Not all social networking apps are created equal

Sep 8, 2011
Tech

Suddenly, I’m feeling weird about how little I consider online security. After reading in a USA Today story about how identity thieves and pedophiles are slowly infiltrating social networks to gain access to identities or little kids, it dawned on me how I spend roughly 0% of my day worried about this sort of thing. […]

Suddenly, I’m feeling weird about how little I consider online security. After reading in a USA Today story about how identity thieves and pedophiles are slowly infiltrating social networks to gain access to identities or little kids, it dawned on me how I spend roughly 0% of my day worried about this sort of thing. Every month I pay bills online, and many of the student loan payments I make require a social security verification prior to each payment. But that worry pales in comparison to what kids are apparently up against.

As the USA Today story explains, social networks are “cool,” and that means kids of all ages want to be in on them too. This seemed fine until I remembered some of the horrendously creepy messages that used to float into my MySpace account back in the day. That place was the Wild West of seedy social networking, or it felt like it as a teenager at least.

Having said all that, I think there’s a middle ground of apps that can get younger kids in on the social networking fun without necessarily exposing them to the growing underbelly of Internet undesirables. Some are cooler than others, sure, and while none have a Facebook-style social cache, they could at least act as a tool for parents to slowly ease their kids into social networks while offering an opportunity to explain to them the dangers and responsibilities inherent in the whole enterprise.

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Take an app like BeeKind. I wasn’t even necessarily a fan of the sloganeering, daily affirmation style of the app, but I read enough yearbook quotes in high school from girls telling their friends to “dance like no-one is watching and love like they’ve never been kissed” (or whatever) to realize there’s a market for that. BeeKind would allow a kid to join a live conversation (the RSS feed on the app) and essentially participate in a very restricted social network. Little personal information is exchanged other than the acts of kindness you choose to share with strangers. It doesn’t get much safer.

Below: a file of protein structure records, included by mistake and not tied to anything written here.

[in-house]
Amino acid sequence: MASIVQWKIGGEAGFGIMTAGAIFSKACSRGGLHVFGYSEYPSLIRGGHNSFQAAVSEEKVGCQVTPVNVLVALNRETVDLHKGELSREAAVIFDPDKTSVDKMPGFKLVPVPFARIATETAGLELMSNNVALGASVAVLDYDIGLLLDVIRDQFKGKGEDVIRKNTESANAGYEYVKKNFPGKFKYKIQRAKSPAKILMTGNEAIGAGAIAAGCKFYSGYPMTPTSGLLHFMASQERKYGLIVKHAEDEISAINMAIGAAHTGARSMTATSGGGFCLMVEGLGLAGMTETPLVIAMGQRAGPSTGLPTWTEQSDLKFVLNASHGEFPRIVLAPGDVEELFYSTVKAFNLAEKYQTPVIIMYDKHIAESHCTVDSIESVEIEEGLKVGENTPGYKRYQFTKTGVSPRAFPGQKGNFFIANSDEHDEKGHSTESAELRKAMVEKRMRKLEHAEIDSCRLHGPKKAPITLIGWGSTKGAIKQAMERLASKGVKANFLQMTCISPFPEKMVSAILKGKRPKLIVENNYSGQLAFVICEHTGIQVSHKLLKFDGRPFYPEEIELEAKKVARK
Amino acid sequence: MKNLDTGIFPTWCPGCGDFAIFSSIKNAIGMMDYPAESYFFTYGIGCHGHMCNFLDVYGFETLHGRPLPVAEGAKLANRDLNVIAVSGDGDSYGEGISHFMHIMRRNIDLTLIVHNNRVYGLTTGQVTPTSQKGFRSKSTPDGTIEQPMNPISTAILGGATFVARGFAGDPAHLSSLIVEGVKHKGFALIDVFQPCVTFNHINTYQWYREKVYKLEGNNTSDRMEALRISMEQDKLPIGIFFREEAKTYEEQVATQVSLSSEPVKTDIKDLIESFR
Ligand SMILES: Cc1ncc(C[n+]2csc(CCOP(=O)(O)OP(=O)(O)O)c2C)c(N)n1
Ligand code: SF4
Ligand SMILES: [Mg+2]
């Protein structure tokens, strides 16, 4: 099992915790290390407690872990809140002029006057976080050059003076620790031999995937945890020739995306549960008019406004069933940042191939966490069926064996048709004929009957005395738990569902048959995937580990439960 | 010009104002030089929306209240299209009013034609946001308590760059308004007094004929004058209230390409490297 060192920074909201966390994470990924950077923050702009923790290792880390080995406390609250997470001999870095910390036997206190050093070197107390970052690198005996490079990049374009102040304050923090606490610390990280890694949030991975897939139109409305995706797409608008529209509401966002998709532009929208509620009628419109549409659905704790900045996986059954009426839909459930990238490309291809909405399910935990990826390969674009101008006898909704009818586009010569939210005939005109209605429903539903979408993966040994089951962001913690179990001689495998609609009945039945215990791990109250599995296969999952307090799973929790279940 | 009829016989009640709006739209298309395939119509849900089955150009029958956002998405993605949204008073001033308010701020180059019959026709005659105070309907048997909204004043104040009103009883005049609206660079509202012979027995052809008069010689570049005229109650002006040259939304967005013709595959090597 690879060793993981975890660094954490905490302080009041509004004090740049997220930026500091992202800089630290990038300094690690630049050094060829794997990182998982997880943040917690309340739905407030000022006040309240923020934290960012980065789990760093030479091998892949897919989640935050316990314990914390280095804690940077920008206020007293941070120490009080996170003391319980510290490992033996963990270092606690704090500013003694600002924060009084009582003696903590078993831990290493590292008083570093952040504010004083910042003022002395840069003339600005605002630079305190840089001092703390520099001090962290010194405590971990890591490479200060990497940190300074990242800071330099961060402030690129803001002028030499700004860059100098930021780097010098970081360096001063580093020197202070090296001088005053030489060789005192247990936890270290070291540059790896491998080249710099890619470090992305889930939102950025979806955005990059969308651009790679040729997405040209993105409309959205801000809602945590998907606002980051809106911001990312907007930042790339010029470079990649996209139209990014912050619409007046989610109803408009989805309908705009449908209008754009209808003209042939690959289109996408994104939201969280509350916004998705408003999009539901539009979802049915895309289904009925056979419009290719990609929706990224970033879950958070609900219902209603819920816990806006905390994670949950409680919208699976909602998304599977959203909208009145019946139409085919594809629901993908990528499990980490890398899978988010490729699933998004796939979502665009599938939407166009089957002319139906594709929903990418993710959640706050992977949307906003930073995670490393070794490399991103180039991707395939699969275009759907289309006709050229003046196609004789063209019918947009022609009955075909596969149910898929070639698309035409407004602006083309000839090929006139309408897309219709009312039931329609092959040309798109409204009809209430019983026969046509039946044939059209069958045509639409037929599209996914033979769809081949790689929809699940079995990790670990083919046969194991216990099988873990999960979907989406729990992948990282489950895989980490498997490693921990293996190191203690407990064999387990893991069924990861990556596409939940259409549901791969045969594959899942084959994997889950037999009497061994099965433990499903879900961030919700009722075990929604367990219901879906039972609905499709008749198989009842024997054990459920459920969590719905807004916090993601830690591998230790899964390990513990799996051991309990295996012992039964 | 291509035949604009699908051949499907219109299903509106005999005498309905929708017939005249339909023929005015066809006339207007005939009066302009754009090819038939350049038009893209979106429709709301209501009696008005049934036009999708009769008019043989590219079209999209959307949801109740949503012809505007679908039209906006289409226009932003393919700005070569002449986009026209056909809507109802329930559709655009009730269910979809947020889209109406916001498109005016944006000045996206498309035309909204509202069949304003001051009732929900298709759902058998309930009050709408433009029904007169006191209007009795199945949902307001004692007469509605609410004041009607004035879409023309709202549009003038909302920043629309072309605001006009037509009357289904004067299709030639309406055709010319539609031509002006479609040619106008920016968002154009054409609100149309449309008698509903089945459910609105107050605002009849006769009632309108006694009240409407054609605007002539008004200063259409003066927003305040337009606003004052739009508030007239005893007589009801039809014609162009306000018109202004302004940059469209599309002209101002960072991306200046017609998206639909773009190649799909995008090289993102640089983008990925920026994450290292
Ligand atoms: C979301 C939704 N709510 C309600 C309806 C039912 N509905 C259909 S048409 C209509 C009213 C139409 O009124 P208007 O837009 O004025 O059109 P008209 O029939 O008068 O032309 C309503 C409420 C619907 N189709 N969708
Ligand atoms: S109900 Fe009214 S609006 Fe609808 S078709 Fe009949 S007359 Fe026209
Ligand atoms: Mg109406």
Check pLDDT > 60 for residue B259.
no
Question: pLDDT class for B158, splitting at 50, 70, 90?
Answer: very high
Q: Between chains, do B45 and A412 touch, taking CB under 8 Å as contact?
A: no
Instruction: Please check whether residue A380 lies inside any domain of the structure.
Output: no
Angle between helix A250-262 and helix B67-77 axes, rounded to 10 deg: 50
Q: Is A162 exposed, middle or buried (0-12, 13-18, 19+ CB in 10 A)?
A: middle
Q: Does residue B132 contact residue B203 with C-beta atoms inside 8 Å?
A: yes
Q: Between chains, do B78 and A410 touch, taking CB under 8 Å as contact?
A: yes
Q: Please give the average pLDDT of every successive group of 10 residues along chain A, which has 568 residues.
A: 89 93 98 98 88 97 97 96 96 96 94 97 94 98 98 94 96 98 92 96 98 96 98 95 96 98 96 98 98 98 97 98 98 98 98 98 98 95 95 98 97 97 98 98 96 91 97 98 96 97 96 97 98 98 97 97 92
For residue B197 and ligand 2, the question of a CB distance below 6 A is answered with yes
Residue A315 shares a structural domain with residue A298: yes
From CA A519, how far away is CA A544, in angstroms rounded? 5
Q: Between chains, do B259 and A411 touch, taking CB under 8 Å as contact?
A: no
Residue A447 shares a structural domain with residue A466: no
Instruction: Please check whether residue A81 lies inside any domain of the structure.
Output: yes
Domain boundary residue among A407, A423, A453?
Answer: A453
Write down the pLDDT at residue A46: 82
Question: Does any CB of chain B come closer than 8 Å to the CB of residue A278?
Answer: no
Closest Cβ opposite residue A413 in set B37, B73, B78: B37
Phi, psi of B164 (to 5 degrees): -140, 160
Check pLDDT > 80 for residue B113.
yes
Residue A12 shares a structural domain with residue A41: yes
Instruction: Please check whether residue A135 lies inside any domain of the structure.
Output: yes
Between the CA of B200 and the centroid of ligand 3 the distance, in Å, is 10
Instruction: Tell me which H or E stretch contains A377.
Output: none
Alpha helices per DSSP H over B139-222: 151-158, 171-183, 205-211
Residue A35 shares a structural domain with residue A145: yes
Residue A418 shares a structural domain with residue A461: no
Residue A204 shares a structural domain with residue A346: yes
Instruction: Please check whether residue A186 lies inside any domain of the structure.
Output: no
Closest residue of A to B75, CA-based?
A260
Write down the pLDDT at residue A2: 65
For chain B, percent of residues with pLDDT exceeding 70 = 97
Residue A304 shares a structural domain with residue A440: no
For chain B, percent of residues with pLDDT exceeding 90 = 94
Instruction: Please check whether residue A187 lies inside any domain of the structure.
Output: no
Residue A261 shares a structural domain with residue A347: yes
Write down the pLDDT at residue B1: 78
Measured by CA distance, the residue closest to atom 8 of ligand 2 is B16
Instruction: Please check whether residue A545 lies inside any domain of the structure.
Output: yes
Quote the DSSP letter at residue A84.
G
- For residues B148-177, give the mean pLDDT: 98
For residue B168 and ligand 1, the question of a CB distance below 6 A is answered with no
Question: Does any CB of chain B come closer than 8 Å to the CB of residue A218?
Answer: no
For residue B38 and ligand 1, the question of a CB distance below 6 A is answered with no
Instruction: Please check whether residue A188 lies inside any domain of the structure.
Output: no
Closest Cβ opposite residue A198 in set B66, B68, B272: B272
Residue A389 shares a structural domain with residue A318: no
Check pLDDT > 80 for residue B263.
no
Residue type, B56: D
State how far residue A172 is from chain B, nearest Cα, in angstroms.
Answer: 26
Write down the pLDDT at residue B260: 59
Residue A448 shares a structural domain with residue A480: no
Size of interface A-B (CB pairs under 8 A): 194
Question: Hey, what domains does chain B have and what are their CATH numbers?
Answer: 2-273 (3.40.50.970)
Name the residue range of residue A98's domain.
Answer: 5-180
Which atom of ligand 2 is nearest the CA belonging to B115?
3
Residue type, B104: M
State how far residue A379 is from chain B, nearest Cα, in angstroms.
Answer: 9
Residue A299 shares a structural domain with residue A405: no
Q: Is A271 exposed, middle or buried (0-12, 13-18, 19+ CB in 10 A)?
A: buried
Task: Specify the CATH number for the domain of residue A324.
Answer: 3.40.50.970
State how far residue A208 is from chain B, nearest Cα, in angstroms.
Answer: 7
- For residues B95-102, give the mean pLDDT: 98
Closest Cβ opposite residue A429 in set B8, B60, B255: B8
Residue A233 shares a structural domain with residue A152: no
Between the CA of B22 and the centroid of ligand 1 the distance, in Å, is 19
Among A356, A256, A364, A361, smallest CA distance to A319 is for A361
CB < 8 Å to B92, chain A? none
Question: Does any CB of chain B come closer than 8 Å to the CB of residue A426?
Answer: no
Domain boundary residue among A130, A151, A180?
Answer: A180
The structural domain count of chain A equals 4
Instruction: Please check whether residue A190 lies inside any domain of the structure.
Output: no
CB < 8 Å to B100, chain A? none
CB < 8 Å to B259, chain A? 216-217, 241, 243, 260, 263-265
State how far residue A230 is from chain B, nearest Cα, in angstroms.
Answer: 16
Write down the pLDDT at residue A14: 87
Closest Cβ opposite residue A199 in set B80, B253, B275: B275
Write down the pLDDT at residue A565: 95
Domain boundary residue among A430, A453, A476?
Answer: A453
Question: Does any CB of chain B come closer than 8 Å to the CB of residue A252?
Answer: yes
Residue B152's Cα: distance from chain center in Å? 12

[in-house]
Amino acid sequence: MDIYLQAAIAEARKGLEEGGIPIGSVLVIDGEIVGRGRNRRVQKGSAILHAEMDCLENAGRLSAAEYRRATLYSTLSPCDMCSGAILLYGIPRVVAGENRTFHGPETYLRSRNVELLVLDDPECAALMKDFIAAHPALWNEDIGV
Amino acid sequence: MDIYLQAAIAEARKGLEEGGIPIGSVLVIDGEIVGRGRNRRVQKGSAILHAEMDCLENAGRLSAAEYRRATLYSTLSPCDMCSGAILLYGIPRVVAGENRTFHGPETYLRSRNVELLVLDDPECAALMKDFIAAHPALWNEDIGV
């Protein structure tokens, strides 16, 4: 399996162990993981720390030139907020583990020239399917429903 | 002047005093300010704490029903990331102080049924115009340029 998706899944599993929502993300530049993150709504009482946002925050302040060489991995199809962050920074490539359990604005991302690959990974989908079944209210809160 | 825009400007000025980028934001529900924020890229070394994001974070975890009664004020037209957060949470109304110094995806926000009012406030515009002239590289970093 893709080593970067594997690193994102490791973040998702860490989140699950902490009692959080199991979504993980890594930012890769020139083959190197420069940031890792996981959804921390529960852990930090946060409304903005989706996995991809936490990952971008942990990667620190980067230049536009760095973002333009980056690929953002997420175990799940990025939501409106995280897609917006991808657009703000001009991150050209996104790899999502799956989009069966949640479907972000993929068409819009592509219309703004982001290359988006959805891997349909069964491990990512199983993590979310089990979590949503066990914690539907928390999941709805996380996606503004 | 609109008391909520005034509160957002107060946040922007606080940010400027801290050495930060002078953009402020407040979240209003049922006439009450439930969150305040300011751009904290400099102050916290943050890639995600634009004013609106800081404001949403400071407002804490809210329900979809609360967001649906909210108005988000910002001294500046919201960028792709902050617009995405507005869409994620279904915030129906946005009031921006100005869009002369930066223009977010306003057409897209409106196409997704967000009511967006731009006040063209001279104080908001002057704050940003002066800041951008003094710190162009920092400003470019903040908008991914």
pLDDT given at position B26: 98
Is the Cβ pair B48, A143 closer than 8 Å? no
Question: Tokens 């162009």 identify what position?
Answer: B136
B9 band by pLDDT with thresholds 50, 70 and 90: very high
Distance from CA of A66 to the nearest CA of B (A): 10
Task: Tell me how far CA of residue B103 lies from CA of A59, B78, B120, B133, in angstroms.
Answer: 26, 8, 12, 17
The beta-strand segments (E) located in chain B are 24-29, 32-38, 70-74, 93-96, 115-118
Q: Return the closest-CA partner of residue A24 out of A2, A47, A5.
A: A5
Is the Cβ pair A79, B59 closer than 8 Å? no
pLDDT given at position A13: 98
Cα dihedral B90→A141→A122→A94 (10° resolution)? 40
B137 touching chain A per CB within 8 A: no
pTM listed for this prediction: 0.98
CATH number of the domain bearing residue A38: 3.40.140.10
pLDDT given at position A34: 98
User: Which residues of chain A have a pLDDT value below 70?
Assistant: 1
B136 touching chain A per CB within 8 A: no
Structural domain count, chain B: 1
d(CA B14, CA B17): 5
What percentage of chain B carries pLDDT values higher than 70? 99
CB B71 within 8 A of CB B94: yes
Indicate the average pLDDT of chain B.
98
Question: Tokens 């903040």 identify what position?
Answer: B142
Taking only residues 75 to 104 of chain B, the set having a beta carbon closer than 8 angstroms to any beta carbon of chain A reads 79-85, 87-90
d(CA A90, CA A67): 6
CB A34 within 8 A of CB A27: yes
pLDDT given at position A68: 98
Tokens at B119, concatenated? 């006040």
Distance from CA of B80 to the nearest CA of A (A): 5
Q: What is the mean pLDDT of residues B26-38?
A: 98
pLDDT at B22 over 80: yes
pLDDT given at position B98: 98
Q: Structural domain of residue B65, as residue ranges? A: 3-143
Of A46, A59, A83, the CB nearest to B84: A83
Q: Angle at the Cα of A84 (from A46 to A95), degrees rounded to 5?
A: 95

For young people less inclined to read about good deeds and more into music, SoundTracking comes to mind as a rather private social network. It’s much more of a  “gateway” app, given its links to Facebook, Twitter and Foursquare, but it could just as easily be a self-contained network where kids dish on what music they’re currently listening to. The profiles that are filled out don’t have to be very thorough, and although there’s a commenting system for each post, you don’t really see posts from people that aren’t your friends on the app to begin with. This, again, makes the network much more closed-off and easier to monitor for parents.

I’m not saying kids needs to be on social networks. Frankly, I think they’re better off enjoying a real network of friends outside (gosh, I feel old). But if parents are comfortable with their kids out on the Internet, there are many options that don’t have quite the freedom and terror that many news stories associate with social networks. And with that battle out of the way, parenting should be a breeze. Am I right or what!?

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Dan Kricke

Dan Kricke has been playing with electronics and writing about them for years. He loved his Sega Dreamcast and now the PlayStation 3. On the iPhone, he's a fan of sports apps and anything that offers new music.

 

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